Artist and community activist Helen Abrahams Blum was born August 17, 1886, in Philadelphia to Simon and Theresa Abrahams. She was educated in the Philadelphia public schools and awarded a four-year board of education scholarship in 1902. She attended the School of Design for Women in Philadelphia from 1902 to 1905 and received her diploma in 1906, at which time she was recognized with an alumnae prize for artistic excellence. From 1909 to 1912, she studied at the Academy of Fine Arts under Elliot Daingerfield, Hugh Breckenridge, and Henry Snell. On January 17, 1917, she married Alexander A. Blum. The couple had two children: Audrey Anthony and Robert Alex Blum.
Blum exhibited in various galleries throughout the country, notably the Philadelphia Art Club in 1909 and the Wanamaker Art Show in 1910, and was active in the New York City art community. In 1915, her still-life painting in oil was purchased for the permanent collection of the Fellowship of the Academy of Fine Arts. A specialist in portraiture, Blum sold some of her portraits to William Chase, noted artist and teacher.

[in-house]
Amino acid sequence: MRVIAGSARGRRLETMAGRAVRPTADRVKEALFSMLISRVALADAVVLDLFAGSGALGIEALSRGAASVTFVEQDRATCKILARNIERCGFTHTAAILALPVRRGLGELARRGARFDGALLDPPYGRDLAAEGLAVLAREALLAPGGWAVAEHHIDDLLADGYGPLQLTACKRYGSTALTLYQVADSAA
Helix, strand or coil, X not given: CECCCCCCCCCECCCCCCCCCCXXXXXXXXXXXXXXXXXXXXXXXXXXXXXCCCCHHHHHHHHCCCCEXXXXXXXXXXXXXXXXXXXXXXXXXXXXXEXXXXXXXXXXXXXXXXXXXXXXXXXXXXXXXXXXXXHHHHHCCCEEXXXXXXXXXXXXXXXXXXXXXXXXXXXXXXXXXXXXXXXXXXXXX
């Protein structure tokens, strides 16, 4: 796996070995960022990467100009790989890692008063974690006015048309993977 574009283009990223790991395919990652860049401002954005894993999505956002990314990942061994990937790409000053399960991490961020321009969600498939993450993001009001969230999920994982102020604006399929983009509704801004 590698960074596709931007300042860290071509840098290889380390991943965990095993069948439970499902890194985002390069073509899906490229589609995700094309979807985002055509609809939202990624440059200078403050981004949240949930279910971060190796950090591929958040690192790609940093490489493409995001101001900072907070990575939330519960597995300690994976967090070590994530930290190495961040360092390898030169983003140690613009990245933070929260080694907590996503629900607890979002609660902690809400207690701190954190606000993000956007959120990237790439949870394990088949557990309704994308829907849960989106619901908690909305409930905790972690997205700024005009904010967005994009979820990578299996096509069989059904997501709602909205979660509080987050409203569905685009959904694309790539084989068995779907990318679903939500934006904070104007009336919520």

Blum’s talents extended to designing scenery and costumes for the Little Theater Movement. She also managed, staged, and acted in many plays and pageants for various Jewish religious organizations in Philadelphia. She authored a short story and wrote numerous articles. As well as being a fellow of the Pennsylvania Academy of Fine Arts and a member of the Rodeph Shalom Sisterhood, she was very active in the international peace movement.
Helen Abrahams Blum died on December 24, 1958, in Queens, New York.
Blum, Helen Abrahams. Files. Pennsylvania Academy of Fine Arts, Philadelphia; Petteys, Chris. Dictionary of Women Artists: An International Dictionary of Women Artists Born Before 1900 (1985); WWIAJ (1926, 1928, 1938).
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Parmet, Harriet L.. "Helen Abrahams Blum." Jewish Women: A Comprehensive Historical Encyclopedia. 27 February 2009. Jewish Women's Archive. (Viewed on August 25, 2019) <https://qa.jwa.org/encyclopedia/article/blum-helen-abrahams>.